donderdag 2 februari 2017
ABN AMRO, the Dutch bank, today announced that it will end its financing for Energy Transfer Equity (ETE) if the Dakota Access Pipeline (DAPL) will be constructed without the consent of the Standing Rock Sioux tribe, or if further violence will be used. The Dutch Fair Finance Guide, Greenpeace Netherlands and BankTrack welcome the decision of ABN AMRO, and call on other banks, including ING in the Netherlands, to follow this example and end all outstanding finance to the pipeline and the companies behind it if no agreement is reached with the Sioux Tribe about the pipeline.
Peter Ras, project leader of the Dutch Fair Finance Guide, said: “ABN AMRO has already actively engaged with ETE on the ongoing violation of the rights of the Sioux tribe. It has now decided that the relation with ETE will be terminated if it does not fully respect the rights of the Sioux, or if further violence will be used against them. With this decision, ABN AMRO sets a fine example in taking its social responsibility, an example that ING and other banks need to follow!”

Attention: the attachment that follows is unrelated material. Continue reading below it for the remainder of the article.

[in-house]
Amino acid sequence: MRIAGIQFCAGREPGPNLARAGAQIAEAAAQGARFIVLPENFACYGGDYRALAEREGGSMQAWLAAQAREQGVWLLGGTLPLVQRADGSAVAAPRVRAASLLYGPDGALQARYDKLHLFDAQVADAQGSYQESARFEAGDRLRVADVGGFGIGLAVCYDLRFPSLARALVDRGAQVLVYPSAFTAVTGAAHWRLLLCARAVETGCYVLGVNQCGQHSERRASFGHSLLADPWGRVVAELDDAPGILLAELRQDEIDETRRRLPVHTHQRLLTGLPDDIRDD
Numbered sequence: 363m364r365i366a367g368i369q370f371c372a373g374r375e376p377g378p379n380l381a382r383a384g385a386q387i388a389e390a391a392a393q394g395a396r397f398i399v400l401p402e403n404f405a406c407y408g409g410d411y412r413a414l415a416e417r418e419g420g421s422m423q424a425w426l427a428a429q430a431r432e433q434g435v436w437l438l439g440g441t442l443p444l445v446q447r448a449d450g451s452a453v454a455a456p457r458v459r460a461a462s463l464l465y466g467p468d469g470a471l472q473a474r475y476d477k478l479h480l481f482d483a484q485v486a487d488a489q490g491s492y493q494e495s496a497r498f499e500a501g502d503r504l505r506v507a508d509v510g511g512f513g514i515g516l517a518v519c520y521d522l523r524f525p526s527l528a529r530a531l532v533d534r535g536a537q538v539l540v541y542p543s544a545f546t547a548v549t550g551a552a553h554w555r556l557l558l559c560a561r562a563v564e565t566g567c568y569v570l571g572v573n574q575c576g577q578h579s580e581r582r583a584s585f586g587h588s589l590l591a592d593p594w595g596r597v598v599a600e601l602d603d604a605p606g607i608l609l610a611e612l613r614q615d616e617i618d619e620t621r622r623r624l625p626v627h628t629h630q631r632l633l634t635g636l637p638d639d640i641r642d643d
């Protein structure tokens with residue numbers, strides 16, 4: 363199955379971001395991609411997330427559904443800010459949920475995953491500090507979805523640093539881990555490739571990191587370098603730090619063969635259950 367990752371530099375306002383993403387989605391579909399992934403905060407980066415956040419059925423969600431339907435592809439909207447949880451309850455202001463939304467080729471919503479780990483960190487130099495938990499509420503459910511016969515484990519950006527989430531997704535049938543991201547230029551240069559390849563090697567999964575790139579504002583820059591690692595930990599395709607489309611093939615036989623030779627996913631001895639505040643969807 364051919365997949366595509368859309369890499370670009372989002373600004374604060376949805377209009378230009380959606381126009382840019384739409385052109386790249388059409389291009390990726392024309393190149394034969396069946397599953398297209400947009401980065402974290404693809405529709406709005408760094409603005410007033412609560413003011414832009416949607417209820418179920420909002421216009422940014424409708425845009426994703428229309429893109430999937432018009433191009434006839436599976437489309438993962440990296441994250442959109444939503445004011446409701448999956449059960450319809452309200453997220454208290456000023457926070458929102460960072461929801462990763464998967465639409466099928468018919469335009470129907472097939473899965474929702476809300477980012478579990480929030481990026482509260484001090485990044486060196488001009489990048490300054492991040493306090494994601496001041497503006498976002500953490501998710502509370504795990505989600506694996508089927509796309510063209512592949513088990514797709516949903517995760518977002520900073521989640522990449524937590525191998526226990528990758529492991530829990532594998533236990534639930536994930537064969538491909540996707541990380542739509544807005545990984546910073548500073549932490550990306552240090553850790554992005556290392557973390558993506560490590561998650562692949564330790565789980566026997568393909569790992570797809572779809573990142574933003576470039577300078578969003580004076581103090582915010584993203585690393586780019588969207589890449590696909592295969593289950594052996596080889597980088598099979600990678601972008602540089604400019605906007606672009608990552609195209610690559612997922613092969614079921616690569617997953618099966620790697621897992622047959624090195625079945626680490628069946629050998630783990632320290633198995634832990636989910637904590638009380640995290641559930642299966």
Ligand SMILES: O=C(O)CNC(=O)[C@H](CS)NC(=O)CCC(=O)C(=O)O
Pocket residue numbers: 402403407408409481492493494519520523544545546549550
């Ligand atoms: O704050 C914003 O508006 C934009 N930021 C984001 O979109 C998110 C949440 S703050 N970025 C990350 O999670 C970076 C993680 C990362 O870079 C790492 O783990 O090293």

ING a good example tends to follow
Last week, ING announced that it had sold its shares in the companies involved in the pipeline, but it has not withdrawn from the USD 120 million project loan for the pipeline.
ING therefore remains co-responsible for the human rights violations and environmental destruction caused by the project.
Since November, The Fair Finance Guide, Bank Track and Greenpeace are asking ABN and ING to put maximum pressure on the companies behind the pipeline, and if the companies continue to refuse to respond to the concerns of the Sioux Indian, to withdraw from the disputed pipeline and the companies behind them. ABN Amro has responded to this call and will no longer finance the companies behind the construction of the pipeline. ING should follow this good example and withdraw the project loan for the pipeline.
Read the press release
Your message has succesfully been placed